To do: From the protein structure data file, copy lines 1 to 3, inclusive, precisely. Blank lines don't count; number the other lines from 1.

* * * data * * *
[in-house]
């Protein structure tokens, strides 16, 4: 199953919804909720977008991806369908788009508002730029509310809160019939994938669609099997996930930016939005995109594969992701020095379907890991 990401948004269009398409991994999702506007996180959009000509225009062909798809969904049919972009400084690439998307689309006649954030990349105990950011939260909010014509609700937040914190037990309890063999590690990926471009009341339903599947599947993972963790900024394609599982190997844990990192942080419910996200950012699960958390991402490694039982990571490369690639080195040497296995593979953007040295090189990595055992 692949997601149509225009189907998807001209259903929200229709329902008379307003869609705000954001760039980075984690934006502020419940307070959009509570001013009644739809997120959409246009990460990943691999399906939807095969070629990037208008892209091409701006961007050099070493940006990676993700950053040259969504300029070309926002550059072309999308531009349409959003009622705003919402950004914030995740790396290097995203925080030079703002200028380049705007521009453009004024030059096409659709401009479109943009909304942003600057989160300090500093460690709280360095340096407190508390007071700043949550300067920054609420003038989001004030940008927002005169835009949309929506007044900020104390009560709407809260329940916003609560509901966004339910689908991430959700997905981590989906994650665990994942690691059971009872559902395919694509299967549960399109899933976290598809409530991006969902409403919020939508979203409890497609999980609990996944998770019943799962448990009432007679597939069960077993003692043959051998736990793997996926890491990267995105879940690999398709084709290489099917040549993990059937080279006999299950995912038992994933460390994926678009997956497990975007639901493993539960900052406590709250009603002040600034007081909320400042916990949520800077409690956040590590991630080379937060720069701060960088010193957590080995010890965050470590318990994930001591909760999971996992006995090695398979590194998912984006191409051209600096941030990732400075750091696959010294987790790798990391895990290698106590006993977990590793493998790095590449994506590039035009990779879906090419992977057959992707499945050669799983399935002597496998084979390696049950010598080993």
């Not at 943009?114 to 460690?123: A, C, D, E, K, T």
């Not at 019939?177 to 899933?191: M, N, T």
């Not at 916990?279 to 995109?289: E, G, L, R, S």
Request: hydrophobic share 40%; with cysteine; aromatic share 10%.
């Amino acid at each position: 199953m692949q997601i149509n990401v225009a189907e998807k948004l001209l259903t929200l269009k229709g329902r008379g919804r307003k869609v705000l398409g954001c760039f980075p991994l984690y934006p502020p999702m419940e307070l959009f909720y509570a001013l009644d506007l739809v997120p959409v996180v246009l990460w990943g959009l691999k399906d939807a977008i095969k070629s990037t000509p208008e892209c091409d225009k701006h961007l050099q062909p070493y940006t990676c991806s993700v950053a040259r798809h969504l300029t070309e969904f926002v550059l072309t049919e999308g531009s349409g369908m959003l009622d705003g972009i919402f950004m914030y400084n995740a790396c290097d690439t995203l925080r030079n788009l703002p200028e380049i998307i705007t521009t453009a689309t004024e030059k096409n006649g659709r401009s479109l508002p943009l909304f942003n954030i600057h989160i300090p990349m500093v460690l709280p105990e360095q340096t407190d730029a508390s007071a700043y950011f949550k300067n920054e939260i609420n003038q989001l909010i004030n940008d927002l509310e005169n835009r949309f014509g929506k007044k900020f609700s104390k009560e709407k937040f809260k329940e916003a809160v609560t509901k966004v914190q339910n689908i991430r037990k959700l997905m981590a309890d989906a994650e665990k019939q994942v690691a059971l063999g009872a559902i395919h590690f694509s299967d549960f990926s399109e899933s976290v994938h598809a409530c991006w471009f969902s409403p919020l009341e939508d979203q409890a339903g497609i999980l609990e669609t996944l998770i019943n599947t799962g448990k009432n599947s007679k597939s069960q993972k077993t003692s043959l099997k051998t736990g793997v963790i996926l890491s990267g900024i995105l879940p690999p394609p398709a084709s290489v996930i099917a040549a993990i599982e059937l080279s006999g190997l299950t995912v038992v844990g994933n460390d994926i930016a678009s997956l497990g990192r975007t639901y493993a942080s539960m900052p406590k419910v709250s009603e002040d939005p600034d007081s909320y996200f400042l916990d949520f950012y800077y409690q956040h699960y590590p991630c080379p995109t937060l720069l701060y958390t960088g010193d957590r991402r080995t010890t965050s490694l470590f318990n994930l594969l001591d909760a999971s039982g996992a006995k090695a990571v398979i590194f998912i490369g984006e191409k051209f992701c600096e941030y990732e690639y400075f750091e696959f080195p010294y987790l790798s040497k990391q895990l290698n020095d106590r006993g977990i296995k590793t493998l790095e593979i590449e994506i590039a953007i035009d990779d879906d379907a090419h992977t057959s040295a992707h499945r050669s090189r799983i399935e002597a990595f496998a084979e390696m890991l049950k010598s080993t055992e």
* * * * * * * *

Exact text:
[in-house]
């Protein structure tokens, strides 16, 4: 199953919804909720977008991806369908788009508002730029509310809160019939994938669609099997996930930016939005995109594969992701020095379907890991 990401948004269009398409991994999702506007996180959009000509225009062909798809969904049919972009400084690439998307689309006649954030990349105990950011939260909010014509609700937040914190037990309890063999590690990926471009009341339903599947599947993972963790900024394609599982190997844990990192942080419910996200950012699960958390991402490694039982990571490369690639080195040497296995593979953007040295090189990595055992 692949997601149509225009189907998807001209259903929200229709329902008379307003869609705000954001760039980075984690934006502020419940307070959009509570001013009644739809997120959409246009990460990943691999399906939807095969070629990037208008892209091409701006961007050099070493940006990676993700950053040259969504300029070309926002550059072309999308531009349409959003009622705003919402950004914030995740790396290097995203925080030079703002200028380049705007521009453009004024030059096409659709401009479109943009909304942003600057989160300090500093460690709280360095340096407190508390007071700043949550300067920054609420003038989001004030940008927002005169835009949309929506007044900020104390009560709407809260329940916003609560509901966004339910689908991430959700997905981590989906994650665990994942690691059971009872559902395919694509299967549960399109899933976290598809409530991006969902409403919020939508979203409890497609999980609990996944998770019943799962448990009432007679597939069960077993003692043959051998736990793997996926890491990267995105879940690999398709084709290489099917040549993990059937080279006999299950995912038992994933460390994926678009997956497990975007639901493993539960900052406590709250009603002040600034007081909320400042916990949520800077409690956040590590991630080379937060720069701060960088010193957590080995010890965050470590318990994930001591909760999971996992006995090695398979590194998912984006191409051209600096941030990732400075750091696959010294987790790798990391895990290698106590006993977990590793493998790095590449994506590039035009990779879906090419992977057959992707499945050669799983399935002597496998084979390696049950010598080993």
């Not at 943009?114 to 460690?123: A, C, D, E, K, T």